Barely a day goes by without a trip to the hospital. The occasion yesterday was my five-month check up after my surgery.

“Five months?!” I hear you ask. Yes, really, it’s been five months since diagnosis, five months I’ve been sitting on my bum getting fat and being frequently stabbed by needles while the seasons have changed and you’ve gone from wearing your summer frocks to winter woolies (or vice versa, for those in the Southern Hemisphere.)

To offset the unpleasantness of a trip to the Christie Clinic (lovely though it is), we decided to treat ourselves to a three-course lunch at Jamie’s Italian in Manchester, which opened in February. I thought I’d take some of you (namely Fe, Linz and one or two others) up on the suggestion of food-blogging, since writing about my life online has now become second nature and replaced my 20-year habit of writing a private diary, so you can read the first post of my fledgling food blog here.

For those of you who can’t be bothered to click the above link, or simply don’t have enough time in your day, I hope you will instead enjoy these pictures of a burger and – the pièce de résistance – the Thomas Crapper loo.

I digress…

I thought the check-up was just to see if my boob scar was in order, but in fact it was also a breast cancer check – to see if any new lumps had emerged. They haven’t, thank God, but it turns out I have to have these appointments every four months for the first couple of years and then have checks (probably mammograms) at least once a year for the next 17 years until I actually hit the age where they start screening women routinely – 47. (And after that, presumably more of the same…)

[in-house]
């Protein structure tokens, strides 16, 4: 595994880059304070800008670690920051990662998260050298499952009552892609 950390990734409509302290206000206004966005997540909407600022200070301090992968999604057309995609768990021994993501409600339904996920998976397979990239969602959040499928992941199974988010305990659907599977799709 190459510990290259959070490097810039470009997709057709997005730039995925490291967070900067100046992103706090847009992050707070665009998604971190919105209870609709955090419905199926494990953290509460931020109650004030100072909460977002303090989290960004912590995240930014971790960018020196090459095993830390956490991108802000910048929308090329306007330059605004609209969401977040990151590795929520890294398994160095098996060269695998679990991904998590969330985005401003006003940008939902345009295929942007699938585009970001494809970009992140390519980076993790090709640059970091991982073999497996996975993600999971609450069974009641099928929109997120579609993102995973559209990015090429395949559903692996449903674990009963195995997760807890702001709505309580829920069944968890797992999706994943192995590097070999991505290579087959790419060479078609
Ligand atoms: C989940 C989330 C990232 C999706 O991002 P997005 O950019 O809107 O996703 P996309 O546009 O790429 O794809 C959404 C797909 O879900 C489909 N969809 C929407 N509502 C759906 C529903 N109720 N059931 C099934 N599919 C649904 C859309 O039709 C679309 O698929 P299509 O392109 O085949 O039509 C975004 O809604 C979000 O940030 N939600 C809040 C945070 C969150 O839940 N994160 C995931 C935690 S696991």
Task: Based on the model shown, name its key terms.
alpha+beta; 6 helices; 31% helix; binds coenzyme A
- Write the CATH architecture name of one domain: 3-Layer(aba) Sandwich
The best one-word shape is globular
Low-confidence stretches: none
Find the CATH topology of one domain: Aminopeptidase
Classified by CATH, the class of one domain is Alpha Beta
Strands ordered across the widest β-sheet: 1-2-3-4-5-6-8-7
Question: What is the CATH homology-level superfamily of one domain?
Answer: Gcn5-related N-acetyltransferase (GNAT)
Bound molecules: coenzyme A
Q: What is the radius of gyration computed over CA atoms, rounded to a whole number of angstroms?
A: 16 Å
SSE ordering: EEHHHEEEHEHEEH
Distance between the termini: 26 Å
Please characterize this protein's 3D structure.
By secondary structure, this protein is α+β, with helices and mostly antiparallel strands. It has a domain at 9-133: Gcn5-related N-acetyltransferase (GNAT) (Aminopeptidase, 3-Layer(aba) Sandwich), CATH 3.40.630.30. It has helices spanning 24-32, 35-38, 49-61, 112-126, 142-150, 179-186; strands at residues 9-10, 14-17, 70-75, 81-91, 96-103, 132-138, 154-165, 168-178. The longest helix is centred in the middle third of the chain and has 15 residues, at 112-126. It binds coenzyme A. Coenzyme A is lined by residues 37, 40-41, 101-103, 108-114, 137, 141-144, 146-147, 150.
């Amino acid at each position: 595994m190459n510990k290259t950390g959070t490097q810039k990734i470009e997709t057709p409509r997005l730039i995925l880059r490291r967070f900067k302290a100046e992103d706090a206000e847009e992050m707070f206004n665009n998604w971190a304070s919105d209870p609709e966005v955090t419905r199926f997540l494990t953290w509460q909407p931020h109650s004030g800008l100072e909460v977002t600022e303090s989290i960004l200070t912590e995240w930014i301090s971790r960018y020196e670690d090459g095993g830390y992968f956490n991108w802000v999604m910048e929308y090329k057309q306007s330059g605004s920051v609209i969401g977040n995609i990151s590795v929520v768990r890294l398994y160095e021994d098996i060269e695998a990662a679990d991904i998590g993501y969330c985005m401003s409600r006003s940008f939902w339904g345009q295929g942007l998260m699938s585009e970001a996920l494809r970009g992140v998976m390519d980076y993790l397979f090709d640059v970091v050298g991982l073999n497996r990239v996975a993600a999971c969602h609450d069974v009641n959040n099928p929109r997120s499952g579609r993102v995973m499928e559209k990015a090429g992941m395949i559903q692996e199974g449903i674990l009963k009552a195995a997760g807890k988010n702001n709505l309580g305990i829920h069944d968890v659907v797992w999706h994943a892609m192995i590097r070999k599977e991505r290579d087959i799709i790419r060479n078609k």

This really made it hit home just how much cancer is going to be with me for the rest of my life. Talking to the surgeon and hearing about how important it is to keep checking whether the cancer has come back just reinforced how rare it is to have breast cancer at my age and how it could return at any time. I’ve gone from never going to hospital up to the age of 29, to making it practically a second home. Hey ho…

My gene test result is due any day now and will determine whether or not I have a bilateral mastectomy, so Mum and I saw the consultation as an opportunity to grill the surgeon, who I will most likely choose to perform my operation in the event that I need one.

He explained that muscle would be taken from my back in order to reconstruct my breasts after they are lopped off.

“But do I even have enough muscle in my back for that?” I asked, imagining two great chunks missing from my shoulder area…

“It’s the biggest muscle in your body,” he said. “But we would use implants as well.”

Ahh, I thought, thank God for that! They would also normally take fat from my stomach, he said, but (un?)fortunately, even after putting on 3kg, I’m pretty sure I’m not fat enough to produce a pair of 32Ds from my tummy flab.

“Are you managing to eat ok?” asked the surgeon.

“Oh yes,” I said, “In fact, I’ve put on weight.”

(I didn’t feel the need to tell him I’d just wolfed down an enormous cheese-and-red-meat-based lunch at Jamie’s.)

Meanwhile, I’m fast becoming a local celebrity, with the Huddersfield Examiner contacting me yesterday for an interview. I’m not sure exactly how they found my blog with just one obscure mention of a nightmare taxi ride from Huddersfield to Manchester, but nevertheless I shall endeavour to give them some kind of exclusive. I am as yet undecided as to whether to wear hot pants for the photo shoot, like I did last time I appeared in the Examiner, in 2004 (see link).

Happy weekend!